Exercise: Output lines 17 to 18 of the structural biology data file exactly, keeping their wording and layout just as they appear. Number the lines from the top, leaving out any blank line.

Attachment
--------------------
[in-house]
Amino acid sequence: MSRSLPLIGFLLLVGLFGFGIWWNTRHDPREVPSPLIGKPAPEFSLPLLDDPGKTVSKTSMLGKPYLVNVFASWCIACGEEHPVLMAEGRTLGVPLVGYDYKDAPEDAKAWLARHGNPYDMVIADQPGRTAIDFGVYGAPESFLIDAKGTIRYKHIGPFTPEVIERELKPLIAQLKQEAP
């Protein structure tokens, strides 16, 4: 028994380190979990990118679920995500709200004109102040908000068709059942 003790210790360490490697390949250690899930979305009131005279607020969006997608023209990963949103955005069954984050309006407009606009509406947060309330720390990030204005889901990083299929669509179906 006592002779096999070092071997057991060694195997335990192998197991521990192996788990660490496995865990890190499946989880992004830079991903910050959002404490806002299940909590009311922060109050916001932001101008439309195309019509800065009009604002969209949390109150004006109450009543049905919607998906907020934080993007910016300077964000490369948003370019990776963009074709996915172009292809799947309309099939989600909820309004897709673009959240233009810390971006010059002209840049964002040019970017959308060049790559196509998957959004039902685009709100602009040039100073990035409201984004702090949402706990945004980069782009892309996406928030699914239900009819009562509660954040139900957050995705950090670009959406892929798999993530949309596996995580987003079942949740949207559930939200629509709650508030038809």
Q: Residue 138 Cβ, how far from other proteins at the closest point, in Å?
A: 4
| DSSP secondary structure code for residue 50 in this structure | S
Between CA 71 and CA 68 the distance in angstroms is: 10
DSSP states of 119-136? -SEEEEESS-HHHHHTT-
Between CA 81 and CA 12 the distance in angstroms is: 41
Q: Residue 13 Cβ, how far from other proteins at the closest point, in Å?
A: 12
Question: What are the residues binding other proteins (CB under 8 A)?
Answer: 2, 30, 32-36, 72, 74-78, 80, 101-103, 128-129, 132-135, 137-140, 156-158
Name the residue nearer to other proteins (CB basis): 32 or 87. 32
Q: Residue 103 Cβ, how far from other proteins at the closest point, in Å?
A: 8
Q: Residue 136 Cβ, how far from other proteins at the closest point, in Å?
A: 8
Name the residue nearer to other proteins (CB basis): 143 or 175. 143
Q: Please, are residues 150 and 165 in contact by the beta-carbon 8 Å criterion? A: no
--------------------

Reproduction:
Q: Residue 136 Cβ, how far from other proteins at the closest point, in Å?
A: 8